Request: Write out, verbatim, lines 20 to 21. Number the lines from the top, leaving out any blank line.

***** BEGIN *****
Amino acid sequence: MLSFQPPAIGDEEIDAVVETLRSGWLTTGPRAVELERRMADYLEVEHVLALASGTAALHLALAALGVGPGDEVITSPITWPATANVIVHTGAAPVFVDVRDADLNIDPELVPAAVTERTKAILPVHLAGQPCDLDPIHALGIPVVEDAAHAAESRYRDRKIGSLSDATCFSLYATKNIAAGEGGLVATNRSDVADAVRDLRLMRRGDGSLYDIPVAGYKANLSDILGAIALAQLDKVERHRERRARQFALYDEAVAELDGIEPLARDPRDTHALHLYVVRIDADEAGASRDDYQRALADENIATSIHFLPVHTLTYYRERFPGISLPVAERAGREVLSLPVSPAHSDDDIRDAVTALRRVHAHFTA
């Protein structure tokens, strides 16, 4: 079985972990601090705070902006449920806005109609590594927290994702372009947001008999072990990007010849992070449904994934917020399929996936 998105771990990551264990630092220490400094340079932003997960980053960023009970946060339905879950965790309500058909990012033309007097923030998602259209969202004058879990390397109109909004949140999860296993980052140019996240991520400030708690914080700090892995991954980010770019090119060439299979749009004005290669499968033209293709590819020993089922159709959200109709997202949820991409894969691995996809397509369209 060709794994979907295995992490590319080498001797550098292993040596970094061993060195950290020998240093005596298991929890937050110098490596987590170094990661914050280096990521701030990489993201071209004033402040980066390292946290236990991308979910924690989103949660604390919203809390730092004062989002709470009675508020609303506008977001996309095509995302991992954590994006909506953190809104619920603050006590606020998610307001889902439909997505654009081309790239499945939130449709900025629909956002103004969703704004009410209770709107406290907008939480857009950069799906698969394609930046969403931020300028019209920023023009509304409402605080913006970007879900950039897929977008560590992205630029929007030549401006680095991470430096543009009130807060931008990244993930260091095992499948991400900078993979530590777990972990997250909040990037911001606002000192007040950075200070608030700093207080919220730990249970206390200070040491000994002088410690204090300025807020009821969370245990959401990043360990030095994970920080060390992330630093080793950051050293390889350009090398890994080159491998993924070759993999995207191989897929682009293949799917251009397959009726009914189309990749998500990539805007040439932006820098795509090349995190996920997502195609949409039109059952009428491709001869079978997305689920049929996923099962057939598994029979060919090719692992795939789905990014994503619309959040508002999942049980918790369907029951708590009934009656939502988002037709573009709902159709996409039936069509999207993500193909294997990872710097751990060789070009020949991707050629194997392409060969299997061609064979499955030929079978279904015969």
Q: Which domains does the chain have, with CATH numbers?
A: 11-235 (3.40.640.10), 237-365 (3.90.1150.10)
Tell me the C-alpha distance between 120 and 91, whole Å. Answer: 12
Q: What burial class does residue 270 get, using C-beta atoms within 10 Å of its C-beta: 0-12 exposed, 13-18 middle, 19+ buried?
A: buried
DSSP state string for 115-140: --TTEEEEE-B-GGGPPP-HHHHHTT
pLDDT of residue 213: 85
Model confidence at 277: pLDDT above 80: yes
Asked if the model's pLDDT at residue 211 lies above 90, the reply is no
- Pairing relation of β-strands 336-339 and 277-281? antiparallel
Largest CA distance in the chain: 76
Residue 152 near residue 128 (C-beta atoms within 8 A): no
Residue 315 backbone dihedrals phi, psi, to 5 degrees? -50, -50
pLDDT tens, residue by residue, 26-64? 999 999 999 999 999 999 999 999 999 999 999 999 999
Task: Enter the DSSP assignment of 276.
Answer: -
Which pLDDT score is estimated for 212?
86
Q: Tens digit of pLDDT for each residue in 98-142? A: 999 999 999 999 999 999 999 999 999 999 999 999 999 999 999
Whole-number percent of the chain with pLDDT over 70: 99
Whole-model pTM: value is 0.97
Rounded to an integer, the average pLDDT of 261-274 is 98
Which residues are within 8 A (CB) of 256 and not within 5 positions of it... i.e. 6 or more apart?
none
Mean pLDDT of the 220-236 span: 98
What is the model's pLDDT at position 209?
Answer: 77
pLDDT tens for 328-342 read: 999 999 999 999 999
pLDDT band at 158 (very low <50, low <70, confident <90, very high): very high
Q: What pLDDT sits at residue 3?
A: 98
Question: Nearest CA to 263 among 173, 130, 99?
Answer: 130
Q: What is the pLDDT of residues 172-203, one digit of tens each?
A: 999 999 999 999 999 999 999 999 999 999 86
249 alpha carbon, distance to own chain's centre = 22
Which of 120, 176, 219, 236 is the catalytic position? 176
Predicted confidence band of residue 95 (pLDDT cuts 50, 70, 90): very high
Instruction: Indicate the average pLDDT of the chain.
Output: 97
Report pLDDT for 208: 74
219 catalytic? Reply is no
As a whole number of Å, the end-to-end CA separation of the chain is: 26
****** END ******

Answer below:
86
Q: Tens digit of pLDDT for each residue in 98-142? A: 999 999 999 999 999 999 999 999 999 999 999 999 999 999 999